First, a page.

The most amazing thing about The Joplin Globe’s World War II coverage was just how young they were — those Joplin men called to serve on both fronts.
Raymond Scott was only 18 when he was killed in action in the South Pacific.
Don Bridges was just 19 when he was killed in action in France.
Clark Hardesty was 20 when he died of wounds received at Biak.
Someone at the Globe had the foresight to preserve every story of the men from Joplin who died in that war. The pages are yellowed and brittle nearly 80 years later, but remain legible after being pasted on graph paper and stored in a folder. They tell a story of ordinary men caught up in extraordinary events.
Elton Wright worked for the DuPont Powder Co. in Joplin. He was killed in action in Germany in 1945. He was the third war casualty and second fatality that family suffered.
R.J. Frankenstein went from playing center on the Joplin High School football team in 1941 and serving as mayor for the annual senior class City Day to joining the paratroopers in 1942. He was killed in action in Belgium in 1945.
And James Lockhart was a Joplin firefighter who was killed in action while serving on an aircraft carrier in the Pacific.
They say newspapers are the first draft of history. That being the case, the Globe tells a compelling story of the biggest event of the 20th century, launched with a special edition that came out after the attack on Pearl Harbor, on Sunday, Dec. 7, 1941. Written with more patriotism than precision, however, that edition contained a headline: “Reports indicate America has won the first battle,” based on the reports that were coming in that afternoon.
A Globe photographer and reporter were up early the next morning, when a line formed early outside the recruiting office, and they photographed and interviewed Lloyd Tillock. He and a friend, Harold Whaley, both of Sarcoxie, were the first two men to sign up. Tillock would go on to serve aboard the “Willie P,” as they called it, a transport ship that served in both the Atlantic and Pacific. As the 50th anniversary of the war approached, Tillock was still living in the area, and was one of hundreds of veterans over the next four years who told the story of their service to the Globe.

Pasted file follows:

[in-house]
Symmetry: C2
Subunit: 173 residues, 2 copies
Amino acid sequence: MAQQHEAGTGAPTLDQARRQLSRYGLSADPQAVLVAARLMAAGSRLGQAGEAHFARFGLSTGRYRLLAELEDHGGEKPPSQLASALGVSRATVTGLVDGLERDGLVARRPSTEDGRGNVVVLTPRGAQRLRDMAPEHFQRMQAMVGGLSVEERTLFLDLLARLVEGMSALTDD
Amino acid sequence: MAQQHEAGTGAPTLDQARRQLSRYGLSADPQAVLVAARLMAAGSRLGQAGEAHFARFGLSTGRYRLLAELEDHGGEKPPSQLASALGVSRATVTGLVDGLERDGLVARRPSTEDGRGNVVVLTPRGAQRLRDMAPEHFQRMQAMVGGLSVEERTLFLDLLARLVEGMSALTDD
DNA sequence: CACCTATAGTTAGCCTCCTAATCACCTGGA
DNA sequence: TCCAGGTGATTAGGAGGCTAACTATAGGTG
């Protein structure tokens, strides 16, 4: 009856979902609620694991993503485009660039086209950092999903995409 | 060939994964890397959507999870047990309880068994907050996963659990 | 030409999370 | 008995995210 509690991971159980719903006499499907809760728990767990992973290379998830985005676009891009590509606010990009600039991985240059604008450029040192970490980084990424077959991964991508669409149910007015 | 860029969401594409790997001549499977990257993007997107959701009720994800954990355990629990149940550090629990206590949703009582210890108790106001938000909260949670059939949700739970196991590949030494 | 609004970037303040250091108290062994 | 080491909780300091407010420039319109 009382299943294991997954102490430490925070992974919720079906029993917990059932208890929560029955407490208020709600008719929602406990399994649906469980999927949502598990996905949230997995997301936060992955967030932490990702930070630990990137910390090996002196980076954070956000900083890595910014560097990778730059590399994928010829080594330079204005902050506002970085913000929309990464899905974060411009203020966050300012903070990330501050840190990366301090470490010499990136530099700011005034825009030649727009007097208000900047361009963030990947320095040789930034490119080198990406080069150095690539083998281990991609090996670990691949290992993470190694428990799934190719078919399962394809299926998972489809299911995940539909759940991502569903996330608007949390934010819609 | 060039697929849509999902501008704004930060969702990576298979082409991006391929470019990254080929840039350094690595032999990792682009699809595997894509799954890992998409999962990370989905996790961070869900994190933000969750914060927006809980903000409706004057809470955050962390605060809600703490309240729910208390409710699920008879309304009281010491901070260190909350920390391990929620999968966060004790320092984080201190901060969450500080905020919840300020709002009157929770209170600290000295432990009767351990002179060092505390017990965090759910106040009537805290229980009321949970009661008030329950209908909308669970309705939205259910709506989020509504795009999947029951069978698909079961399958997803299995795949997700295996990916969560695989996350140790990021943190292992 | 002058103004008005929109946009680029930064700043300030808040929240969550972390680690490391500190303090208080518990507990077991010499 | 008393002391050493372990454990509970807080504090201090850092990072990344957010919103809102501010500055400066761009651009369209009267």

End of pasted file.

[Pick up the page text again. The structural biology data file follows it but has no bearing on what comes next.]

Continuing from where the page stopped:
Throughout the war, AP correspondents kept up the reporting from the fronts, including a reunion held by several Joplin men who learned about each other while stationed on Guadalcanal.
The dispatches also told of the death of Alfred Akers. Orphaned at age 8, with no next of kin, he spent most of his life fending for himself. When war broke out, he was working at the Milford Miller Produce Co., living in a room nearby. No one thought Akers would make a good soldier. He had long ago dropped out of school. The dispatches reported later that Akers even had trouble staying in step after he enlisted. “Wilder than a new beer,” his fellow soldiers said of him. But in combat, the self-reliant Akers proved a born leader, rising to sergeant in the U.S. Army. Twice wounded, he received the Purple Heart with Oak Leaf Cluster, Bronze Star, Silver Star and numerous other honors. He was killed in Italy in 1945. Throughout the war, he had been sending his savings to a contact in Joplin, who gave the money — at Akers’ instruction should something happen to him — to the local orphans.
The home front
The Globe was busy on the home front, too, writing about Camp Crowder, rationing and attempts to round up any Japanese who lived in the area.
The paper itself also was the subject of a war story. On April 1, 1945, The Joplin Globe told a story about three U.S. soldiers — none of them local — who had reached an unidentified town overlooking the Roer River. In the attic of a home there they found a copy of the Globe, dated May 28, 1905. They mailed it to the Globe.
“Donated to the citizens of Joplin by the 29th Infantry Division,” their letter stated.
It was unclear to them how a copy of the Globe printed 40 years earlier and on another continent ended up in that German attic, but the Globe noted that the 1905 edition contained a lengthy obituary of Margaret Zelleken, who was born in Germany in 1844, immigrated to the United States and married Edward Zelleken, whose Queen Anne home at 406 S. Sergeant is one of those now being restored. Her maiden name was Grome, which was the original name for a building at 506 S. Main St. that Edward Zelleken built.